Most of us know that residents at nursing homes are at a higher risk of complications if they contract the coronavirus — but they’re also vulnerable to the possibility of having their stimulus checks taken from them, a recent Federal Trade Commission report suggested.
Some facilities are trying to siphon the government-issued checks from residents on Medicaid, the FTC said. “They’re claiming that, because the person is on Medicaid, the facility gets to keep the stimulus payment,” the agency said. The check in question was part of the CARES Act, the stimulus package enacted in March to combat the negative financial consequences of COVID-19, and individuals could receive as much as $1,200 if they met income limits and were not claimed as dependents by anyone else.
The economic impact payments, as the stimulus checks are known, are tax credits, which do not qualify as resources for federal benefits program, the FTC said. “So: when Congress calls these payments ‘tax credits’ in the CARES Act, that means the government can’t seize them,” the FTC said in its release. “Which means nursing homes and assisted living facilities can’t take that money from their residents just because they’re on Medicaid.”
Individuals are encouraged to reach out to their state attorney general’s office and file a complaint to the FTC. Local politicians have also taken up the fight against this behavior. “I’m sickened to hear reports that nursing homes are stealing stimulus checks from seniors,” Florida Sen. Rick Scott said in a statement. “Anyone found to be withholding checks from seniors will be held accountable to the full extent of the law.”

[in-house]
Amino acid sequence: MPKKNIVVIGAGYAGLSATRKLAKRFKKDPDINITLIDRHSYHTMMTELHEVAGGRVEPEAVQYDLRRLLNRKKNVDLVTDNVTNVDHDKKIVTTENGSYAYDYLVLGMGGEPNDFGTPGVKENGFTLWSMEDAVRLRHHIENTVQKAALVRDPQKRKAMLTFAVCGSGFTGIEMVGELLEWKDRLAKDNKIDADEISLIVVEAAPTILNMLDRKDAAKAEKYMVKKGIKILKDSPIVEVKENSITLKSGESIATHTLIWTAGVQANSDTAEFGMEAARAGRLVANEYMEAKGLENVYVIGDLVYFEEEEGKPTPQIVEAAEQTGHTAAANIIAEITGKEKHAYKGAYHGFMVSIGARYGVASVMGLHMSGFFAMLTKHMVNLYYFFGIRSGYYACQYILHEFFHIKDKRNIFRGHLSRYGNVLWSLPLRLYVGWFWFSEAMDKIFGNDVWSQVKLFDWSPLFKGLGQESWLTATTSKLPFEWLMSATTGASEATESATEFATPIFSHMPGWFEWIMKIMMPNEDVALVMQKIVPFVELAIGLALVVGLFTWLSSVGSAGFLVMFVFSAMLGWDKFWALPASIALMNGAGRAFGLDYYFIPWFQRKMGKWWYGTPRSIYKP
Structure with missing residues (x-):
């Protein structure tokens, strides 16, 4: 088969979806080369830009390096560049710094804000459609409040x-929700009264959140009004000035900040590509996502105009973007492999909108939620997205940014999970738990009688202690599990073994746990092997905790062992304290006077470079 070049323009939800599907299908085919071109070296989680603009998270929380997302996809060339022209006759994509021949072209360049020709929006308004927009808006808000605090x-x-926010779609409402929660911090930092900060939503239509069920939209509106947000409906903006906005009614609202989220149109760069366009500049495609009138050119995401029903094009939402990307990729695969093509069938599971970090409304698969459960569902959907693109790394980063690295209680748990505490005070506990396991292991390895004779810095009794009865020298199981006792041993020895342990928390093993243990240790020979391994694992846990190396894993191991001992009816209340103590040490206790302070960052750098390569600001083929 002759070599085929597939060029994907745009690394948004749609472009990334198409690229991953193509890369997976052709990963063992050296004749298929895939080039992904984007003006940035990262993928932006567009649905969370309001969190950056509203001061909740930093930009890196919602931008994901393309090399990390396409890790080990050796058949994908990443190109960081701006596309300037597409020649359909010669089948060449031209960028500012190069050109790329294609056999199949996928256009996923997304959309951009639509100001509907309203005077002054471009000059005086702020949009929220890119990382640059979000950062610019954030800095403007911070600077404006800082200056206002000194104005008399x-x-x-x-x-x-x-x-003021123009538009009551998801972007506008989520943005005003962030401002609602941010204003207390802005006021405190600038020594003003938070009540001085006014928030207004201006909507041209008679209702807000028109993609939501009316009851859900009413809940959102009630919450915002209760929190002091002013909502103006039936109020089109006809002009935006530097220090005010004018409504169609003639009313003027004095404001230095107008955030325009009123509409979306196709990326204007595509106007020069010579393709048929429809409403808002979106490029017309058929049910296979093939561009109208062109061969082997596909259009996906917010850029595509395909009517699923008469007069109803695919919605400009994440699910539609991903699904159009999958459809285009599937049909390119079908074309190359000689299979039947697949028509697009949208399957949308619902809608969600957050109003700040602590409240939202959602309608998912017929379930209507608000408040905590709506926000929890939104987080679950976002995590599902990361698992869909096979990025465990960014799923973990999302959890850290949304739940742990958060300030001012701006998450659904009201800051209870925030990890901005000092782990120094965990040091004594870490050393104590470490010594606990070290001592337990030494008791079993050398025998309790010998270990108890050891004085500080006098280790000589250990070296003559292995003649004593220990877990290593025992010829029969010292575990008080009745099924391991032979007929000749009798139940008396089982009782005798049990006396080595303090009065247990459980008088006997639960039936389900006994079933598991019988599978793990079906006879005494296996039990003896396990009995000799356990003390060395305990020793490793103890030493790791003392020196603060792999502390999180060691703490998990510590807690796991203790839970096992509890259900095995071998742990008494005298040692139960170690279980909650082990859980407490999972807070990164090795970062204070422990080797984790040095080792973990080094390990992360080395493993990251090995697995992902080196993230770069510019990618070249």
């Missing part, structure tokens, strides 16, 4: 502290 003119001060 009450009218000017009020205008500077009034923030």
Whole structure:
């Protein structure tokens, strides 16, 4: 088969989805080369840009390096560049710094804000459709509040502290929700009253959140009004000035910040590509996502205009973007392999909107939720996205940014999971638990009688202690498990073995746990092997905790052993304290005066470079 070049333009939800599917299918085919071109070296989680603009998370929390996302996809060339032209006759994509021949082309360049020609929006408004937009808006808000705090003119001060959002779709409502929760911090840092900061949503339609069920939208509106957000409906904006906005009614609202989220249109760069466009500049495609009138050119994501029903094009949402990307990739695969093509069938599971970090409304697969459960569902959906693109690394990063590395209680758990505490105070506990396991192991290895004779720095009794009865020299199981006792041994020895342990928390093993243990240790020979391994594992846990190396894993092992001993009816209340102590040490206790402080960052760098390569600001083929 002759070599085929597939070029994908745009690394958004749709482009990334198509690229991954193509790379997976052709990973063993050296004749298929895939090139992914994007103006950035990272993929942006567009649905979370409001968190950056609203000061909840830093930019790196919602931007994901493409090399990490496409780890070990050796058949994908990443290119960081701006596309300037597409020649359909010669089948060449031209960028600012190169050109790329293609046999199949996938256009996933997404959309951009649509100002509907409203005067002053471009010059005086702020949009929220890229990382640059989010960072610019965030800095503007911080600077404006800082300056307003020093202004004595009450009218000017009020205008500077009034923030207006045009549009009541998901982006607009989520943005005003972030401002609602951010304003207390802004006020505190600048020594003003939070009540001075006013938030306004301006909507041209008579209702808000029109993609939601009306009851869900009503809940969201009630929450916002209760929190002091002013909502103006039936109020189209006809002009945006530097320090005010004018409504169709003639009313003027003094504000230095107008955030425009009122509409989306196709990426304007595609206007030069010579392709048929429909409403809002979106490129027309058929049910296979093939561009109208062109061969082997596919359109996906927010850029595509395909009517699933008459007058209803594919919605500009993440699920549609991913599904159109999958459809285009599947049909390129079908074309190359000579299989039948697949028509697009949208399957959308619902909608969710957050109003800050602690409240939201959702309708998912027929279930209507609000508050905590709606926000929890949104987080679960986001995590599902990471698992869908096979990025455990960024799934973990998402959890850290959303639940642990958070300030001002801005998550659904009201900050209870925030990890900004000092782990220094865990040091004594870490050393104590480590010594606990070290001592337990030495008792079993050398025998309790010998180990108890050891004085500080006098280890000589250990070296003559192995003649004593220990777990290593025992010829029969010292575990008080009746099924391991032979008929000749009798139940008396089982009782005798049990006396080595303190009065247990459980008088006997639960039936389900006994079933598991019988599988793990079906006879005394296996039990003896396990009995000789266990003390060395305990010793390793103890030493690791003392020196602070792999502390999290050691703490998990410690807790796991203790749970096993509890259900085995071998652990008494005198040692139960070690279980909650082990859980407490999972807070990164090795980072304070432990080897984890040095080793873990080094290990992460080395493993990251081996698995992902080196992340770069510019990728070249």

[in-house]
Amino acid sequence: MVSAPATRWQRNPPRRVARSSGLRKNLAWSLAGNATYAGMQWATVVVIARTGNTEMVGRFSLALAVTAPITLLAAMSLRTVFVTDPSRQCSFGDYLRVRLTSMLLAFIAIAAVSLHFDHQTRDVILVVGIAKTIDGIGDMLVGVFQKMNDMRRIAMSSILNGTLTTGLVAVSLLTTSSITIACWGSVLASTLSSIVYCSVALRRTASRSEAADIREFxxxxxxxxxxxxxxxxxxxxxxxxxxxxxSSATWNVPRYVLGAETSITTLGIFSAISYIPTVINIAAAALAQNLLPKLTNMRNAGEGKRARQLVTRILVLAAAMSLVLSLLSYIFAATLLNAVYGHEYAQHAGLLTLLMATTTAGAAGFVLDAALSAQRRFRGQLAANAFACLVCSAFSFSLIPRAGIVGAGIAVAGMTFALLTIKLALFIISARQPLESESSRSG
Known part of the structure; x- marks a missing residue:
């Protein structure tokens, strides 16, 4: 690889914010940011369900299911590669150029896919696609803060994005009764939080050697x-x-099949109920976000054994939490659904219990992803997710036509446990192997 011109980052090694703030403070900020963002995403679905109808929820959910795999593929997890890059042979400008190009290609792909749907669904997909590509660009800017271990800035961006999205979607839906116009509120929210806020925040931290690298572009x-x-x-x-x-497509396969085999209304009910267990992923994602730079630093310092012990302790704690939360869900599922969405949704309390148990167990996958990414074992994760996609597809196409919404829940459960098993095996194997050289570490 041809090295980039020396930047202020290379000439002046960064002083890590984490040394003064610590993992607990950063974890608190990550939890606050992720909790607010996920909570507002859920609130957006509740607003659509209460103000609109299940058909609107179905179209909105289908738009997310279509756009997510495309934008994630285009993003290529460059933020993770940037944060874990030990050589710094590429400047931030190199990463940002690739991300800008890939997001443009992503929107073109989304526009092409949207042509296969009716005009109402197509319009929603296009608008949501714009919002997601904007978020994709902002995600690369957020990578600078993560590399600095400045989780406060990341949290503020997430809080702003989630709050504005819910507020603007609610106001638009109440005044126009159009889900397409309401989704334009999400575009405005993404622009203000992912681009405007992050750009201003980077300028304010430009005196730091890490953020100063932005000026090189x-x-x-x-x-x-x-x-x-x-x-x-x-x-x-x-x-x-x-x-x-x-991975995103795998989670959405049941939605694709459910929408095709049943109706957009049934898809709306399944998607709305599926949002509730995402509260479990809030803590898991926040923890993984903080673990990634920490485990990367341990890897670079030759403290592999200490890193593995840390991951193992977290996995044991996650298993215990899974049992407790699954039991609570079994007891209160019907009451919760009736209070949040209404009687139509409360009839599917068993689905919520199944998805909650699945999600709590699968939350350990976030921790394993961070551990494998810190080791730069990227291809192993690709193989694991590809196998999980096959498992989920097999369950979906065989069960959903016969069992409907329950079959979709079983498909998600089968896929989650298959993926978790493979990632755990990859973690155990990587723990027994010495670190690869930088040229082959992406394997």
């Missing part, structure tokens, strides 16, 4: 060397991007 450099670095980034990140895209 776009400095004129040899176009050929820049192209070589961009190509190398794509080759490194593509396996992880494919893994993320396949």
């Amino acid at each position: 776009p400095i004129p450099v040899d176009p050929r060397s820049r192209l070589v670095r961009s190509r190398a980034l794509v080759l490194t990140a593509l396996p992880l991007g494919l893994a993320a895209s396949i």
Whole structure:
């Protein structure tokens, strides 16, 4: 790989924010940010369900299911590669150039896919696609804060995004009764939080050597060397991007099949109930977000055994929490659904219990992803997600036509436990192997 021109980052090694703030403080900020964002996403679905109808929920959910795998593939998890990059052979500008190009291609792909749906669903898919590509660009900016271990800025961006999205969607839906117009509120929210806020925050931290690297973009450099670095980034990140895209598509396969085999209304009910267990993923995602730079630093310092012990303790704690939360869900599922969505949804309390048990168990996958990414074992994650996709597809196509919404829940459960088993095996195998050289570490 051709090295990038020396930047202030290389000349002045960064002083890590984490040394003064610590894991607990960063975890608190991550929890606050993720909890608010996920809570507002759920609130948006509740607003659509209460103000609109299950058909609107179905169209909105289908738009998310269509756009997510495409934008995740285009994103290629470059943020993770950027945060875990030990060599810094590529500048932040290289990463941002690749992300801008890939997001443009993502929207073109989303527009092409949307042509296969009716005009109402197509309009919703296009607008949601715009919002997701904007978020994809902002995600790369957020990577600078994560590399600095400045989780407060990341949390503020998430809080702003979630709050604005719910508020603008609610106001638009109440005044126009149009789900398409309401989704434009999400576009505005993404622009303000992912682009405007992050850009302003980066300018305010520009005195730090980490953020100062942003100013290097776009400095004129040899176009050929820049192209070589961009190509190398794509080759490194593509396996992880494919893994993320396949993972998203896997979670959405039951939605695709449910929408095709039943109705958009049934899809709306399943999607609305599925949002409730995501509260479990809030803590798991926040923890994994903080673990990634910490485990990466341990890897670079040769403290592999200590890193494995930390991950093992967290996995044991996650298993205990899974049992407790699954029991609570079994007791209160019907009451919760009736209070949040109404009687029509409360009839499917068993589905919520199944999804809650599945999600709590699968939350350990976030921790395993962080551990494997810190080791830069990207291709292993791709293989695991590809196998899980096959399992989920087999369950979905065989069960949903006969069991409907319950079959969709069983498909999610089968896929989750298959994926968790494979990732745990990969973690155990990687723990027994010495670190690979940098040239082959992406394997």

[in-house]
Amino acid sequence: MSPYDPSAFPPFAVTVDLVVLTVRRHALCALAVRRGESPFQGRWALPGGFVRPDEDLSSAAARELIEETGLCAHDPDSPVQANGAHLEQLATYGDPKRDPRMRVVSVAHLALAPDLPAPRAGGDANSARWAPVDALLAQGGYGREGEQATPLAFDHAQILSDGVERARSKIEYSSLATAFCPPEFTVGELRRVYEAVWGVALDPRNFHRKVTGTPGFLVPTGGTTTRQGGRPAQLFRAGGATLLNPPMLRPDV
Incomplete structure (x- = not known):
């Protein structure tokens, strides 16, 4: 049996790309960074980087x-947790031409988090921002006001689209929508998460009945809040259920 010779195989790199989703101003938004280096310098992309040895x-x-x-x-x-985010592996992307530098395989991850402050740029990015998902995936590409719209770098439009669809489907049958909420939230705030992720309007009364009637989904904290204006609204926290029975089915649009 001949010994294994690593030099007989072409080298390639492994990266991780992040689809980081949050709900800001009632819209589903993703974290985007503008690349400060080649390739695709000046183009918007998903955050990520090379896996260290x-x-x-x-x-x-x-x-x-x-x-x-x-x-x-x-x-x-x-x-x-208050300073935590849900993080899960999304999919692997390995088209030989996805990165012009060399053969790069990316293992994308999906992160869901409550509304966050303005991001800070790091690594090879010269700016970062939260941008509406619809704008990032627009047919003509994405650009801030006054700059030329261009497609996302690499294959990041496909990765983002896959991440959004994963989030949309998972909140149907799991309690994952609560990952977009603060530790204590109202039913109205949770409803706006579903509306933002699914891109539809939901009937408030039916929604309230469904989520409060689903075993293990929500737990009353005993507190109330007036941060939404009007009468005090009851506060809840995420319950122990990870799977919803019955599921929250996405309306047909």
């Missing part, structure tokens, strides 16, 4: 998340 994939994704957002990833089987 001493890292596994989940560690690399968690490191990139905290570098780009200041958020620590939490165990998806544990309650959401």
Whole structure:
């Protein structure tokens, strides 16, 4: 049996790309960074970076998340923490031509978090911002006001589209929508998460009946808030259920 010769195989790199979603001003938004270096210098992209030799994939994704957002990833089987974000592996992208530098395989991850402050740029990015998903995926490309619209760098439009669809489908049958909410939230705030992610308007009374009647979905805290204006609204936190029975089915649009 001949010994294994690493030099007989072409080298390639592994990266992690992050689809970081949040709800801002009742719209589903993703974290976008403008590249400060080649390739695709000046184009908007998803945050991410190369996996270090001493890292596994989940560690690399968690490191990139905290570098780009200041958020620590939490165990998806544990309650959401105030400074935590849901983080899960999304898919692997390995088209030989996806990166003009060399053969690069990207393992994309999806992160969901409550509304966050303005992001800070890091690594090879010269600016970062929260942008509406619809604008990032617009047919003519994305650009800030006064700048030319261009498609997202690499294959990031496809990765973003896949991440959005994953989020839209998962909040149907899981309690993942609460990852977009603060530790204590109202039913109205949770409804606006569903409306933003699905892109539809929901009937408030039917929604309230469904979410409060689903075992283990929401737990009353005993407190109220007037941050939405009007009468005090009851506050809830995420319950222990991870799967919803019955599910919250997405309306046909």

People in long-term care centers typically manage their own money, or can choose someone else they trust to manage it for them, the American Health Care Association and the National Center for Assisted Living told MarketWatch. Stimulus money is meant to be managed just as any other resident benefit payments are.
“For any resident who may receive a stimulus check, Medicaid eligibility is protected and Medicare coverage is protected,” the associations said. “Nursing facilities will not receive any additional private payments. Pre-COVID patient and resident income and asset protections remain in place for the stimulus payments.”
Stimulus payments do not count as income by law, so they will not affect Medicaid eligibility either, the National Center on Law and Elder Rights said. Residents are expected to pay the same monthly amount to their facilities and use the stimulus checks as they’d like. These checks also do not count as a Medicaid resource for a year, which means it does not count against any savings limits in those 12 months. “In general, a resident can spend the stimulus money as they wish, including gifts and charitable contributions,” the center said. “This is the resident’s money to spend on their wants and needs.”
Many Americans have already received their checks, but some are still waiting. Taxpayers, Social Security beneficiaries and Supplemental Security Income recipients may be expecting these payments to arrive in their bank accounts if they have direct deposit set up for their tax refunds and benefits, but may receive them in the mail instead — which could take weeks as the Internal Revenue Service works to send them all out. Individuals can check the status of their payment on the IRS tool “Get Your Payment.”